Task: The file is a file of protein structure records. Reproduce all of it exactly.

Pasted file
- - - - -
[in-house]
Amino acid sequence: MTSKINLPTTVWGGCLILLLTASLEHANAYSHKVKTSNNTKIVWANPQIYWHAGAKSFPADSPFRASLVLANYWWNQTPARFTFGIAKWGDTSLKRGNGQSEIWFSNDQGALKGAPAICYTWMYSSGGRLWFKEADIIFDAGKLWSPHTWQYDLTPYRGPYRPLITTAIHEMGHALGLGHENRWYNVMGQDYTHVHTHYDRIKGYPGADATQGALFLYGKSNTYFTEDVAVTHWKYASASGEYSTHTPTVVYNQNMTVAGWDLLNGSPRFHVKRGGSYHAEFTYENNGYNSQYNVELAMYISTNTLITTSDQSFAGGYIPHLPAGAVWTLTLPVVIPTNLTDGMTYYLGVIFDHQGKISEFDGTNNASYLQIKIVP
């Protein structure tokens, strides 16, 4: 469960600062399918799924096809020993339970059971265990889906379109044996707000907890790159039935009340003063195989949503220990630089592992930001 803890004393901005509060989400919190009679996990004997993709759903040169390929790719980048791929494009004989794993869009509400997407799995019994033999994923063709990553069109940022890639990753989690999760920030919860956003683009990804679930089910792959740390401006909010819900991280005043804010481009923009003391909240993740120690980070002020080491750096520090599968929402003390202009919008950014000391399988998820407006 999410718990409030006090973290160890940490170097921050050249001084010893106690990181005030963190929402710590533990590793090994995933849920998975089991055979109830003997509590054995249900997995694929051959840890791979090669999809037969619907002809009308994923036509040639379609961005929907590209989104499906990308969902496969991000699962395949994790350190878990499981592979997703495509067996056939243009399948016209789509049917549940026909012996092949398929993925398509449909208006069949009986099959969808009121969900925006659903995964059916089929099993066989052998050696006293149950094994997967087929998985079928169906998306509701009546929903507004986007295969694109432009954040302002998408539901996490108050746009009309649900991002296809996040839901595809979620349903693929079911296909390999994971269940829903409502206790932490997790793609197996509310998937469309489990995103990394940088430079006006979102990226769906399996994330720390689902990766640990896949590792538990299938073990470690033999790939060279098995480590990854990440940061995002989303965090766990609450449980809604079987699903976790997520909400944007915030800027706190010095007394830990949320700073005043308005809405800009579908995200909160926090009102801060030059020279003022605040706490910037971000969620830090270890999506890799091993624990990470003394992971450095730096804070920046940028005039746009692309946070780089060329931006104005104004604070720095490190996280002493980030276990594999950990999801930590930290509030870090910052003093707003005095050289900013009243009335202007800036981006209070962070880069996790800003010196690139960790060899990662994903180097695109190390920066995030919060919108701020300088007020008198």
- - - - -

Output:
[in-house]
Amino acid sequence: MTSKINLPTTVWGGCLILLLTASLEHANAYSHKVKTSNNTKIVWANPQIYWHAGAKSFPADSPFRASLVLANYWWNQTPARFTFGIAKWGDTSLKRGNGQSEIWFSNDQGALKGAPAICYTWMYSSGGRLWFKEADIIFDAGKLWSPHTWQYDLTPYRGPYRPLITTAIHEMGHALGLGHENRWYNVMGQDYTHVHTHYDRIKGYPGADATQGALFLYGKSNTYFTEDVAVTHWKYASASGEYSTHTPTVVYNQNMTVAGWDLLNGSPRFHVKRGGSYHAEFTYENNGYNSQYNVELAMYISTNTLITTSDQSFAGGYIPHLPAGAVWTLTLPVVIPTNLTDGMTYYLGVIFDHQGKISEFDGTNNASYLQIKIVP
């Protein structure tokens, strides 16, 4: 469960600062399918799924096809020993339970059971265990889906379109044996707000907890790159039935009340003063195989949503220990630089592992930001 803890004393901005509060989400919190009679996990004997993709759903040169390929790719980048791929494009004989794993869009509400997407799995019994033999994923063709990553069109940022890639990753989690999760920030919860956003683009990804679930089910792959740390401006909010819900991280005043804010481009923009003391909240993740120690980070002020080491750096520090599968929402003390202009919008950014000391399988998820407006 999410718990409030006090973290160890940490170097921050050249001084010893106690990181005030963190929402710590533990590793090994995933849920998975089991055979109830003997509590054995249900997995694929051959840890791979090669999809037969619907002809009308994923036509040639379609961005929907590209989104499906990308969902496969991000699962395949994790350190878990499981592979997703495509067996056939243009399948016209789509049917549940026909012996092949398929993925398509449909208006069949009986099959969808009121969900925006659903995964059916089929099993066989052998050696006293149950094994997967087929998985079928169906998306509701009546929903507004986007295969694109432009954040302002998408539901996490108050746009009309649900991002296809996040839901595809979620349903693929079911296909390999994971269940829903409502206790932490997790793609197996509310998937469309489990995103990394940088430079006006979102990226769906399996994330720390689902990766640990896949590792538990299938073990470690033999790939060279098995480590990854990440940061995002989303965090766990609450449980809604079987699903976790997520909400944007915030800027706190010095007394830990949320700073005043308005809405800009579908995200909160926090009102801060030059020279003022605040706490910037971000969620830090270890999506890799091993624990990470003394992971450095730096804070920046940028005039746009692309946070780089060329931006104005104004604070720095490190996280002493980030276990594999950990999801930590930290509030870090910052003093707003005095050289900013009243009335202007800036981006209070962070880069996790800003010196690139960790060899990662994903180097695109190390920066995030919060919108701020300088007020008198």